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The Right to Design: A purposeful misreading

Conference contribution
Authors Henric Benesch
Onkar Kular
Published in The 3rd Biennial PARSE Research Conference (Nov 13-15 2019): Human
Publication year 2019
Published at School of Design and Crafts
Language en
Links https://parsejournal.com/event/huma...
Keywords Design, rights, design education, de-institutionalizing, de-parochialising & de-disciplining
Subject categories Design, Law and Society, Learning

Abstract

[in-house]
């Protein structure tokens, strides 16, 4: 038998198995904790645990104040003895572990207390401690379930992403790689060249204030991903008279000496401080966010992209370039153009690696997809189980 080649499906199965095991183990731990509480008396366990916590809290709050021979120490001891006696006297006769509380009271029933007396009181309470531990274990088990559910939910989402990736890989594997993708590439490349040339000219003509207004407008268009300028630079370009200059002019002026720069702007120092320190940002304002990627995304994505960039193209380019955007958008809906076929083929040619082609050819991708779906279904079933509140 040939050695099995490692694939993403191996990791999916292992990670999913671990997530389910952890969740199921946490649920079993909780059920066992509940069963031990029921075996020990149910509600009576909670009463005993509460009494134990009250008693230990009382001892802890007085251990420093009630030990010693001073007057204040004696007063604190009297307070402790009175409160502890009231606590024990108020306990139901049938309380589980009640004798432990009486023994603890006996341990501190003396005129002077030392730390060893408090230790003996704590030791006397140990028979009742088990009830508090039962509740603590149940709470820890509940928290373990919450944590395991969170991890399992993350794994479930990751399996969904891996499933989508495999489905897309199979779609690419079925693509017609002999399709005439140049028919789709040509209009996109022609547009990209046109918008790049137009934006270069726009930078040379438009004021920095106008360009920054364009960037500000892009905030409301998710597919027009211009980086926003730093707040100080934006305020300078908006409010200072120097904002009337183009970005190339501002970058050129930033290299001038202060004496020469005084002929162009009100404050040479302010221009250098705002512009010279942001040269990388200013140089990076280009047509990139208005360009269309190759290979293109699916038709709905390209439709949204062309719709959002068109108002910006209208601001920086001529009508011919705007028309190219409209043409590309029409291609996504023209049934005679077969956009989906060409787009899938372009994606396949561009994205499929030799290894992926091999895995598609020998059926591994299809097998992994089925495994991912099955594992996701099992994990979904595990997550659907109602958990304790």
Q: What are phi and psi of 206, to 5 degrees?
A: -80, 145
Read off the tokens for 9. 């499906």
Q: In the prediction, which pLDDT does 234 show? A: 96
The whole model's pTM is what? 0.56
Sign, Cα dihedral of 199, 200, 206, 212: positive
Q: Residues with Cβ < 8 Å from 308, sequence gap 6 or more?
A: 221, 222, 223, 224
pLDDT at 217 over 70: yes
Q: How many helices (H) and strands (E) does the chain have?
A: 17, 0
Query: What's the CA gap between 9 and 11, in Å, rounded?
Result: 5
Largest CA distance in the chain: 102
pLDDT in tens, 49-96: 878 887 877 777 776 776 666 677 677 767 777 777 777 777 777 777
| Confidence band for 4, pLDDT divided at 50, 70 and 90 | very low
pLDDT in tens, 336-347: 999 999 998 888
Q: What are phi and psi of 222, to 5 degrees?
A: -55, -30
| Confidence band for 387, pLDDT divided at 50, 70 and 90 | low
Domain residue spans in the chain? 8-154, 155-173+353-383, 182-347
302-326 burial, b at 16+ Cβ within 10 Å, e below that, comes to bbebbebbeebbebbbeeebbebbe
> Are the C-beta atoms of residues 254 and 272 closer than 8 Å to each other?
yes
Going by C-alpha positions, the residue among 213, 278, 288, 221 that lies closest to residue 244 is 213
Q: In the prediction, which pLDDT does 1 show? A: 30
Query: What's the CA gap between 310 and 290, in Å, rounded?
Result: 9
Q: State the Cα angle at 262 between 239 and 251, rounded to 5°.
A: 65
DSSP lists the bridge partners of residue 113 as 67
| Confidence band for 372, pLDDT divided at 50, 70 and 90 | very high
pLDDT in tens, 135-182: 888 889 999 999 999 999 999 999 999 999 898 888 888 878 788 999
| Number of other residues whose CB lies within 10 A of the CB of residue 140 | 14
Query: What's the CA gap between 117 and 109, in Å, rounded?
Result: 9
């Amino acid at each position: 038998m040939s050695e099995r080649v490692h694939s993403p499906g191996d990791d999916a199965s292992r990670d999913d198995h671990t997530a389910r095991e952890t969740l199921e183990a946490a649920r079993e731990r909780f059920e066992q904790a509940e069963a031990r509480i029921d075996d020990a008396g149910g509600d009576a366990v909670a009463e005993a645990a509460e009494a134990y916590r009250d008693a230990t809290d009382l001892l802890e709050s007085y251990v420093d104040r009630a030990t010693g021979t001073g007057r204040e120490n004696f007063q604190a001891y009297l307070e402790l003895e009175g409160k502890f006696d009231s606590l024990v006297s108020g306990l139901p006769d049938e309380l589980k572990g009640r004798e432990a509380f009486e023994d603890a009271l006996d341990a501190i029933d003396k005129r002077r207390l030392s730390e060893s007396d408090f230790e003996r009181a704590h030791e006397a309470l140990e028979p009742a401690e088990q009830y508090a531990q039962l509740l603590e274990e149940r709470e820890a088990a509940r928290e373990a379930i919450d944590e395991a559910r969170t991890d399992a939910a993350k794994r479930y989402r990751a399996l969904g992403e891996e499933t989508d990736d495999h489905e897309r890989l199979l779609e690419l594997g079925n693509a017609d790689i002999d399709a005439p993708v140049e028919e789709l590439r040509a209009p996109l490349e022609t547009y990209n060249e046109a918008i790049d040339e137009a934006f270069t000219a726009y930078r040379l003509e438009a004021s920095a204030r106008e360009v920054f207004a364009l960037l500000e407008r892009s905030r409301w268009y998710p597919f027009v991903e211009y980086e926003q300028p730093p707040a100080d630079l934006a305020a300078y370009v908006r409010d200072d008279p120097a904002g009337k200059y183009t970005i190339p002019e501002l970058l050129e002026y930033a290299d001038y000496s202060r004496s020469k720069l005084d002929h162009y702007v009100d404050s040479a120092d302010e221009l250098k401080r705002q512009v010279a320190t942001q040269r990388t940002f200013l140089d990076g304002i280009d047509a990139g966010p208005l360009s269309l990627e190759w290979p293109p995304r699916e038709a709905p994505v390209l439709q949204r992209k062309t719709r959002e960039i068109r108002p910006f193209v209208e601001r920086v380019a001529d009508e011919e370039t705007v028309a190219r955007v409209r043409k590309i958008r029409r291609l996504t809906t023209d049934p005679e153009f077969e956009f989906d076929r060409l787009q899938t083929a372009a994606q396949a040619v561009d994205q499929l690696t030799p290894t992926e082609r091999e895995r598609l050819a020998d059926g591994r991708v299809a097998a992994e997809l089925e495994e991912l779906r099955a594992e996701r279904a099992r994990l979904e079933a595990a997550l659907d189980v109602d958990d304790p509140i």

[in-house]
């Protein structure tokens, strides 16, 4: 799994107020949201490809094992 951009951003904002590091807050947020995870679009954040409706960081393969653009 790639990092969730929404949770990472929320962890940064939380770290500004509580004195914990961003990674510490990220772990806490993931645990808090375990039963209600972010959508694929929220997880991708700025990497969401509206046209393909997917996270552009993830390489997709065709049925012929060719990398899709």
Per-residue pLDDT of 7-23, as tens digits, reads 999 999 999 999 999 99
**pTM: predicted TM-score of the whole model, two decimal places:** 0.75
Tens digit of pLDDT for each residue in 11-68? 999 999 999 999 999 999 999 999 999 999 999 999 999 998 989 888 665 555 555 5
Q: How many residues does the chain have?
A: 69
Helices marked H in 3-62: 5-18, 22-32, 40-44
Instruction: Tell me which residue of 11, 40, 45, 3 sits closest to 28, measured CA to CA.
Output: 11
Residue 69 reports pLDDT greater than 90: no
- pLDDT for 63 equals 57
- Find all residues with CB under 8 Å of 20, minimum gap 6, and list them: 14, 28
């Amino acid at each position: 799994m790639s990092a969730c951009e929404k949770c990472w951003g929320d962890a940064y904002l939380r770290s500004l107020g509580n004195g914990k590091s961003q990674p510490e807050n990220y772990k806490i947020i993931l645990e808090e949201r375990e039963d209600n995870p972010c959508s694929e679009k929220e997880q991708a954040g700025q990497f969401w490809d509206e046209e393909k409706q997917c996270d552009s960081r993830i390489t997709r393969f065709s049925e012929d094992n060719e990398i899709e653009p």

"The Right to Design is the proposal for a purposeful misreading of Arjun Appadurai’s 2006 paper, The Right to Research, Globalisation, Societies and Education. The ambition is to interrogate how the subject of design can be considered beyond current epistemic, institutional and disciplinary demarcations, not only as a basic human capacity, but as a ‘right’ in itself, which not only challenges those very structures which sorts ‘Design’ from ‘design’, but also raises urgent questions of what it might mean to be (seen & included) and act as human in a fundamentally troubled world. In the introduction to his paper Appadurai states: ‘Research is normally seen as a high-end, technical activity, available by training and class background to specialists in education, the sciences and related professional fields. It is rarely seen as a capacity with democratic potential, much less as belonging to the family of rights. In this paper, I will argue that it is worth regarding research as a right, albeit of a special kind. This argument requires us to recognise that research is a specialised name for a generalised capacity, the capacity to make disciplined inquiries into those things we need to know, but do not know yet. All human beings are, in this sense, researchers, since all human beings make decisions that require them to make systematic forays beyond their current knowledge horizons.’ The reading begins by straightforwardly replacing ‘research’ with ‘design’ within Appadurai’s text to consider the potential (‘albeit of a special kind’) of extending and stretching Appadurai’s logic of ‘rights to research’ to that of ‘rights to design’. By stretching the logic, the reading attempts to situate the question of ‘Designs’ relationship to human (and non-human) rights and to subsequently use the reading to reconsider, speculate and imagine ‘What is ’and ‘Could be’ the Right to Design? With this in mind the misreading will work with and through concepts such as de-institutionalizing, de-parochialising and de-disciplining with a particular focus on education."

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